Dan Greer at Watco, Inc., now of Jacksonville, said his firm, headquartered in Coffeyville, Kans., gave up its lease on the Reynolds park property two summers ago, so they had to find another site in Northeast Florida. They moved to Jacksonville still making car and engine repairs.
Watco was making many, many repairs to CSX and ex-Chessie System locomotives in 2004. Guess who the general manager was.
Yup. Rick Padgett.
“Those were all remote-controls,” he said, and all were in the shop for major modifications.
In the field, after the engines were returned to their home yards, when the crews tried to use them, if the brake shoes were locked on a set of wheels so the wheels couldn’t turn, they were dragged along, building up flat spots, and when they did release, they often lurched, causing damage and the possibility of injury to crews.
Now, with the fixes done, the engines indicate to the engineer if there is a problem. The engines are scattered across CSX’s system, which stretches from its Jacksonville headquarters to Miami, out to New Orleans, up to Chicago, and northward to Boston.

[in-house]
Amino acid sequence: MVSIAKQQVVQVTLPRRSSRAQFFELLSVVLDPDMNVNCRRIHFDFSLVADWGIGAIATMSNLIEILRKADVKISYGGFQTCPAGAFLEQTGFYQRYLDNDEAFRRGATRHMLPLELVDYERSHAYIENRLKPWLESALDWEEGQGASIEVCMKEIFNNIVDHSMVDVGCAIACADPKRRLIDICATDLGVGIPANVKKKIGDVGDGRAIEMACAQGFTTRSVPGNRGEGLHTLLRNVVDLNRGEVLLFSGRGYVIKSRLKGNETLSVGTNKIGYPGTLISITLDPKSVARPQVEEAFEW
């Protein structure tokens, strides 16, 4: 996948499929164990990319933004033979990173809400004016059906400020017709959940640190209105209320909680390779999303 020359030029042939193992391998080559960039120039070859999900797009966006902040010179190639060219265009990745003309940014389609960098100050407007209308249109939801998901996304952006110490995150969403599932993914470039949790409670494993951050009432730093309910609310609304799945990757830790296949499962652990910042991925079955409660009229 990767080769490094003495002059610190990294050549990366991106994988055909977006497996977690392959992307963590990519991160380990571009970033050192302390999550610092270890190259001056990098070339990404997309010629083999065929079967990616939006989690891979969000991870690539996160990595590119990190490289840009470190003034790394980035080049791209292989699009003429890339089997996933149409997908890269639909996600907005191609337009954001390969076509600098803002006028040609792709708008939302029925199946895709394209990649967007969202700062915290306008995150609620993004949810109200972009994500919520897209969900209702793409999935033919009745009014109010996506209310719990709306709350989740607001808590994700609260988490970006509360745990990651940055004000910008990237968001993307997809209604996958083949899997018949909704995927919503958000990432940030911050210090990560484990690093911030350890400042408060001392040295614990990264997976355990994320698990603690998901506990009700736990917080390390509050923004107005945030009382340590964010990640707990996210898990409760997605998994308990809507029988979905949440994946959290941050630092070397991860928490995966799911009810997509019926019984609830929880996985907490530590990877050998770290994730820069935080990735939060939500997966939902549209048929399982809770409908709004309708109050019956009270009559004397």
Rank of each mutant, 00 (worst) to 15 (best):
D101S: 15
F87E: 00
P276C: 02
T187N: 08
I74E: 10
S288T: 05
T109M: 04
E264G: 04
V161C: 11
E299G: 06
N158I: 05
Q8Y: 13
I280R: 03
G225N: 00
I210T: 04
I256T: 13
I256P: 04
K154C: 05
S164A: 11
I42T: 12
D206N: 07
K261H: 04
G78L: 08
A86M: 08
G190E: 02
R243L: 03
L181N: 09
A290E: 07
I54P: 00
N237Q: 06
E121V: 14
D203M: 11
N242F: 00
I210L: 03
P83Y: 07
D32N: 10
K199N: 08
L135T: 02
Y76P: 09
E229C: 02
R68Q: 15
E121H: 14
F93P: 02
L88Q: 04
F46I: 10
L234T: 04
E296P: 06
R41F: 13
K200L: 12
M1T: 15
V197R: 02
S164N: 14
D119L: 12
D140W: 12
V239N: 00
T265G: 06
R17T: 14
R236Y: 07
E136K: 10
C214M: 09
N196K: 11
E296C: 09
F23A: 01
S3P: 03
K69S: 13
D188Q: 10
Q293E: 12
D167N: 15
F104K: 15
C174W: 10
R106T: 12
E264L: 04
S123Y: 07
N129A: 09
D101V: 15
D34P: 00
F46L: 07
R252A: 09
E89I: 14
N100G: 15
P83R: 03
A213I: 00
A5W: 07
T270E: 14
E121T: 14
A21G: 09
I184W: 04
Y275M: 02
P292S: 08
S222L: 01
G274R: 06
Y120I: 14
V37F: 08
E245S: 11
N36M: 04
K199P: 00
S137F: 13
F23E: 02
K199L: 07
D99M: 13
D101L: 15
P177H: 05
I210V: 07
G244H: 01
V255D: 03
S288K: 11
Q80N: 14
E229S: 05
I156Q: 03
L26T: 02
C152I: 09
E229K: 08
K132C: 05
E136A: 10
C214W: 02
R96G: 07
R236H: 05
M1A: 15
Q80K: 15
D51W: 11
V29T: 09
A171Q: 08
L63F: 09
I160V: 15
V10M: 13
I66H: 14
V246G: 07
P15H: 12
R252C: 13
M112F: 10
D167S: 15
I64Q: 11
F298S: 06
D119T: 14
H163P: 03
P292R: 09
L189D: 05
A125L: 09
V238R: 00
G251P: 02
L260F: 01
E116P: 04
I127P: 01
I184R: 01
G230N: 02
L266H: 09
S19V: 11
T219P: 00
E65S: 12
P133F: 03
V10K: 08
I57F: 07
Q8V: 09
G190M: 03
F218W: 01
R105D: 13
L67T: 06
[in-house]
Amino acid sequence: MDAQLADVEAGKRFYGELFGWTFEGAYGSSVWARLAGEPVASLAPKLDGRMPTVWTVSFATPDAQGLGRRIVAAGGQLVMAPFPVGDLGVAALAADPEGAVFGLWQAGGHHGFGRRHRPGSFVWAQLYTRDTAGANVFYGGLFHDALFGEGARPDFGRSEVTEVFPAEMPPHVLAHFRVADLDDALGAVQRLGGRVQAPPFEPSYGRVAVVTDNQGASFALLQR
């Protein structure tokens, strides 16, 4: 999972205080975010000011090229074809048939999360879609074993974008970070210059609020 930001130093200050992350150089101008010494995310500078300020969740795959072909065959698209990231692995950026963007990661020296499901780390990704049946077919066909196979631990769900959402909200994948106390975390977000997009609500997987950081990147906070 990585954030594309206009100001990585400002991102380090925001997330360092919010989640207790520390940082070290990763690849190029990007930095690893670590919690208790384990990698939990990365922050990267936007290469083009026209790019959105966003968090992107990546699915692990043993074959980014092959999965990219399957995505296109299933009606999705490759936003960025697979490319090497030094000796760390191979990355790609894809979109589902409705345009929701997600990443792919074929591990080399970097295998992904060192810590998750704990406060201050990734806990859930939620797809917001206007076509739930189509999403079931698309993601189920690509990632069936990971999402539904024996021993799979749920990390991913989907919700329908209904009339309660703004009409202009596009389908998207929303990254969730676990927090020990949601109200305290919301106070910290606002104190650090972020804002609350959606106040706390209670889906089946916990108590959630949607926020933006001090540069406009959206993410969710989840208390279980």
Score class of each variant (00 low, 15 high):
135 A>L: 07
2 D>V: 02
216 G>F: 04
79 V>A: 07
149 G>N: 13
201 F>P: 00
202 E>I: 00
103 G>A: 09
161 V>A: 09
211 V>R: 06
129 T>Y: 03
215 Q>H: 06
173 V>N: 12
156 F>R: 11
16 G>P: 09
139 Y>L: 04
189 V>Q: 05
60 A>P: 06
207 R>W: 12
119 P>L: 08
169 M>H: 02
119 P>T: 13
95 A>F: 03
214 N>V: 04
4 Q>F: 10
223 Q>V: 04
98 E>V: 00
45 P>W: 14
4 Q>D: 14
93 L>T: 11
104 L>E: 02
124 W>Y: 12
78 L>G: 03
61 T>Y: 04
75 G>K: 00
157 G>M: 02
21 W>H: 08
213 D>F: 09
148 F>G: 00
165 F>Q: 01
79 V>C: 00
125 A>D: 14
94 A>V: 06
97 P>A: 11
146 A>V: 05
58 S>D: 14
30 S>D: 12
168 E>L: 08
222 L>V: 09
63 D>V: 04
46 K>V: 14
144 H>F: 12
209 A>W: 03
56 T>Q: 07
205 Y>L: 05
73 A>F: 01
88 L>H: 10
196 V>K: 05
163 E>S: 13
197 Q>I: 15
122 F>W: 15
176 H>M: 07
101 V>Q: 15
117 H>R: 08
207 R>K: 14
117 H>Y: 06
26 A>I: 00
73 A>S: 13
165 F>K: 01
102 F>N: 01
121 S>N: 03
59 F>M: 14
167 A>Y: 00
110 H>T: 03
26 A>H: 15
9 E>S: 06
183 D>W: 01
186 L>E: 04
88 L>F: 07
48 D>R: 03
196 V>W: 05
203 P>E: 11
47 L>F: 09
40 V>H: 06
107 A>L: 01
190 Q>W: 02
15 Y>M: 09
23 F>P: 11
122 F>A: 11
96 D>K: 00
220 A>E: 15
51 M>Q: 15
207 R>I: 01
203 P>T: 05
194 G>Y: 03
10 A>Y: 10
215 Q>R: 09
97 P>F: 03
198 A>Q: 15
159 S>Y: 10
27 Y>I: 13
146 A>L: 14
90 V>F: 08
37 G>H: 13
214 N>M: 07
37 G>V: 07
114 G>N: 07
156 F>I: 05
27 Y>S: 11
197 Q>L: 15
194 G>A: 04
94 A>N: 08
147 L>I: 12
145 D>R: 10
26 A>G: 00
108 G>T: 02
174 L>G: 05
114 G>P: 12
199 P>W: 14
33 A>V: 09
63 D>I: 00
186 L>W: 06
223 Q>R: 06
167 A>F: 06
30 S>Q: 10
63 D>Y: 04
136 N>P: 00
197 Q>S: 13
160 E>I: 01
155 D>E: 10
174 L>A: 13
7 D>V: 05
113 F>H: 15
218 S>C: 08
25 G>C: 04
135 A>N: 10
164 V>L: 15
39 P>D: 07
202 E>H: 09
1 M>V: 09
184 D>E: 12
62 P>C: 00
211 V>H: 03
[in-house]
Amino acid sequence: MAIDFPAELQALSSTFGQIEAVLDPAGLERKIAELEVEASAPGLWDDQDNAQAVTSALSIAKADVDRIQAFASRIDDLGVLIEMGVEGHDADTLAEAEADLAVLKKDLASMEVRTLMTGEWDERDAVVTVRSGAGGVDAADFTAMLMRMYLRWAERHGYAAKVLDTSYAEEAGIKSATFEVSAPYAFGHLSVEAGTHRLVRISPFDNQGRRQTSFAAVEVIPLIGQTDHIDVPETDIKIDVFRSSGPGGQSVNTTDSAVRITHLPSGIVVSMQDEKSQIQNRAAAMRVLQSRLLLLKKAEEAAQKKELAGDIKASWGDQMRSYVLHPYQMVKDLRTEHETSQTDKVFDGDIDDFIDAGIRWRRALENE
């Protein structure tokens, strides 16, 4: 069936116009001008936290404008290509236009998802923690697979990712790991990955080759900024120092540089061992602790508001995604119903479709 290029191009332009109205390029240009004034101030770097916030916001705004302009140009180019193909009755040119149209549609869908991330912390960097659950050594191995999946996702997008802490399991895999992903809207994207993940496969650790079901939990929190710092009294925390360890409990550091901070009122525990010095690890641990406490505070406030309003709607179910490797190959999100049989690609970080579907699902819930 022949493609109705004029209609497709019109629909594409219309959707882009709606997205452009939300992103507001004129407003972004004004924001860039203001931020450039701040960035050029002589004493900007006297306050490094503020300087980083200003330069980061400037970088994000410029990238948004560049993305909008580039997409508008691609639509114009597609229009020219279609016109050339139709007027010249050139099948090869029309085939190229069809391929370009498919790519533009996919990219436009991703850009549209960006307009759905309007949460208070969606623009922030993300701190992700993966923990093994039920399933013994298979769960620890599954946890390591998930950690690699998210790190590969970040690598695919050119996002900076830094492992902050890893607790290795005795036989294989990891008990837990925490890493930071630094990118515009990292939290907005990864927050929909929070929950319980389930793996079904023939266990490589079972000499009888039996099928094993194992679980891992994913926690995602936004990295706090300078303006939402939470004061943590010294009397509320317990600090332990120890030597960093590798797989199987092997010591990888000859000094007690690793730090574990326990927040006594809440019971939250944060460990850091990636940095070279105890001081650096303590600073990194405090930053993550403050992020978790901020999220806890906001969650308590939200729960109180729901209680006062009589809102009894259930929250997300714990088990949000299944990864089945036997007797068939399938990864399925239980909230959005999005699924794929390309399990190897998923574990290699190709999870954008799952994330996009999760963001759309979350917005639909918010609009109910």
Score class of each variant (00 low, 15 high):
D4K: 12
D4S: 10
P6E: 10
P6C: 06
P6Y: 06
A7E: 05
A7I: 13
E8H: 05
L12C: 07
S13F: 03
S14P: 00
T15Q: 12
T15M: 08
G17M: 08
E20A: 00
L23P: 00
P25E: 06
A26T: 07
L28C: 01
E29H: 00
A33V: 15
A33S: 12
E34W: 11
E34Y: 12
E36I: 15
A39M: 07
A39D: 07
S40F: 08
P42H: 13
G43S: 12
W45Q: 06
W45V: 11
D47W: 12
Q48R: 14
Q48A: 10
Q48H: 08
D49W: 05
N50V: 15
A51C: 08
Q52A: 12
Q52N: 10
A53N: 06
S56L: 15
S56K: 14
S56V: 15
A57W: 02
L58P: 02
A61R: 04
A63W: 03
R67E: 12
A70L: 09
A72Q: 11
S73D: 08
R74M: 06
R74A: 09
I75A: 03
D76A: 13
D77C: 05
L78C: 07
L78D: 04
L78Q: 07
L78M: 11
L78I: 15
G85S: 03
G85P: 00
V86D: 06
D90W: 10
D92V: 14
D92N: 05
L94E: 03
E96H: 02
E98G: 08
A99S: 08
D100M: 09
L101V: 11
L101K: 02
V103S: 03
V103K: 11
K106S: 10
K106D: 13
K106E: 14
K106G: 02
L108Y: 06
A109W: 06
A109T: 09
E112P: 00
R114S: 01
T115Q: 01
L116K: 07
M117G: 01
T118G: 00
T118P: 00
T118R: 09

Padgett said his company still works on engines.
Meanwhile, his 18-person, non-union shop was growing.
“I think we’ll have to add some people,” he said in December 2005,” especially now that a 44-car program to rebuild 50-foot boxcars into 40-foot sugar cane carriers.” That work started on December 14.
He won’t discuss specific numbers, though.
“I’m not getting rich,” he noted.
Padgett and his firm have employees out on the road as well.
Last December he said, “One crew is at Orlando Utility helping them with some cars. Some others are at Lakeland Electric, and an electrician is in South Carolina working on a center-cab locomotive.”
The boss worked for CSX for more than 20 years, and was one of the victims during the railroad’s downsizing over the last few years, but he landed on his feet.
The shop itself is a single long structure with one track capable of holding eight-cars indoors. Many more storage tracks are outside, where much of the work is done.“We’ll do as much work outdoors as we can,” he said. Winter would begin in eight days. It was sunny and about 50 degrees.